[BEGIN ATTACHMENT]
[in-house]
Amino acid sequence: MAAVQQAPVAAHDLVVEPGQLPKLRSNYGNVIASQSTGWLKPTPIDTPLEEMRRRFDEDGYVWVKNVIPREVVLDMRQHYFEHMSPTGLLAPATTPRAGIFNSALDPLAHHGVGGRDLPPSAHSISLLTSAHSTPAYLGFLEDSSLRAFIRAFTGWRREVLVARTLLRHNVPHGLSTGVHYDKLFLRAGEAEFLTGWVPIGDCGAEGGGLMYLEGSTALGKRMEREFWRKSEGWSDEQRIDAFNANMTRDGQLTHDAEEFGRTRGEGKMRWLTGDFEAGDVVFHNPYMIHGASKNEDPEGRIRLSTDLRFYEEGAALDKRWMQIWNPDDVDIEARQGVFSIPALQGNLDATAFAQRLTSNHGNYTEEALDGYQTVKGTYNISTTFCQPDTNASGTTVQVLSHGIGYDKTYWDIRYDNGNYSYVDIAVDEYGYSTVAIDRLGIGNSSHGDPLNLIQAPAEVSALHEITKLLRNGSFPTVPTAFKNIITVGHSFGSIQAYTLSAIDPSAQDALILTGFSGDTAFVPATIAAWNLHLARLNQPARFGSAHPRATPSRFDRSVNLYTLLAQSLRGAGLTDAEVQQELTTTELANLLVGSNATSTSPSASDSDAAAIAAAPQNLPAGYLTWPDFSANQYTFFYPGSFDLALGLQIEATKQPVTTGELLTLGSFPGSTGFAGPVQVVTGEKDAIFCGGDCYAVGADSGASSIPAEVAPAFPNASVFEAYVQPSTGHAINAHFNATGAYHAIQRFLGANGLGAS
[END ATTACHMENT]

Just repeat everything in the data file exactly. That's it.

[in-house]
Amino acid sequence: MAAVQQAPVAAHDLVVEPGQLPKLRSNYGNVIASQSTGWLKPTPIDTPLEEMRRRFDEDGYVWVKNVIPREVVLDMRQHYFEHMSPTGLLAPATTPRAGIFNSALDPLAHHGVGGRDLPPSAHSISLLTSAHSTPAYLGFLEDSSLRAFIRAFTGWRREVLVARTLLRHNVPHGLSTGVHYDKLFLRAGEAEFLTGWVPIGDCGAEGGGLMYLEGSTALGKRMEREFWRKSEGWSDEQRIDAFNANMTRDGQLTHDAEEFGRTRGEGKMRWLTGDFEAGDVVFHNPYMIHGASKNEDPEGRIRLSTDLRFYEEGAALDKRWMQIWNPDDVDIEARQGVFSIPALQGNLDATAFAQRLTSNHGNYTEEALDGYQTVKGTYNISTTFCQPDTNASGTTVQVLSHGIGYDKTYWDIRYDNGNYSYVDIAVDEYGYSTVAIDRLGIGNSSHGDPLNLIQAPAEVSALHEITKLLRNGSFPTVPTAFKNIITVGHSFGSIQAYTLSAIDPSAQDALILTGFSGDTAFVPATIAAWNLHLARLNQPARFGSAHPRATPSRFDRSVNLYTLLAQSLRGAGLTDAEVQQELTTTELANLLVGSNATSTSPSASDSDAAAIAAAPQNLPAGYLTWPDFSANQYTFFYPGSFDLALGLQIEATKQPVTTGELLTLGSFPGSTGFAGPVQVVTGEKDAIFCGGDCYAVGADSGASSIPAEVAPAFPNASVFEAYVQPSTGHAINAHFNATGAYHAIQRFLGANGLGAS